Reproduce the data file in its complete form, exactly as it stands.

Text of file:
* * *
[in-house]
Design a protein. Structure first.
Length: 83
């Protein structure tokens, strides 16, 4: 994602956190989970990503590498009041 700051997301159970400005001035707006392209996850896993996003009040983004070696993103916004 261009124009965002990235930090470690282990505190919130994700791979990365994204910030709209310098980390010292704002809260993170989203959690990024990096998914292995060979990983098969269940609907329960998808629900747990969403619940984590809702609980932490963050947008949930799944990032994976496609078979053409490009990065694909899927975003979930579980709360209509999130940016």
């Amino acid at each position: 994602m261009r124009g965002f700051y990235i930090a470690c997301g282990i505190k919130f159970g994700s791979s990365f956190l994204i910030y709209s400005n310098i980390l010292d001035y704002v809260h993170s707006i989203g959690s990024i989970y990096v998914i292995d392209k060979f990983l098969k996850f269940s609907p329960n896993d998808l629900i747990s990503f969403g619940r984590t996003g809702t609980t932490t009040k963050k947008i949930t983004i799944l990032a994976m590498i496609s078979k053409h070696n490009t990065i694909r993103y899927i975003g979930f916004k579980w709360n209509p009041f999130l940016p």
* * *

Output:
[in-house]
Design a protein. Structure first.
Length: 83
């Protein structure tokens, strides 16, 4: 994602956190989970990503590498009041 700051997301159970400005001035707006392209996850896993996003009040983004070696993103916004 261009124009965002990235930090470690282990505190919130994700791979990365994204910030709209310098980390010292704002809260993170989203959690990024990096998914292995060979990983098969269940609907329960998808629900747990969403619940984590809702609980932490963050947008949930799944990032994976496609078979053409490009990065694909899927975003979930579980709360209509999130940016």
């Amino acid at each position: 994602m261009r124009g965002f700051y990235i930090a470690c997301g282990i505190k919130f159970g994700s791979s990365f956190l994204i910030y709209s400005n310098i980390l010292d001035y704002v809260h993170s707006i989203g959690s990024i989970y990096v998914i292995d392209k060979f990983l098969k996850f269940s609907p329960n896993d998808l629900i747990s990503f969403g619940r984590t996003g809702t609980t932490t009040k963050k947008i949930t983004i799944l990032a994976m590498i496609s078979k053409h070696n490009t990065i694909r993103y899927i975003g979930f916004k579980w709360n209509p009041f999130l940016p």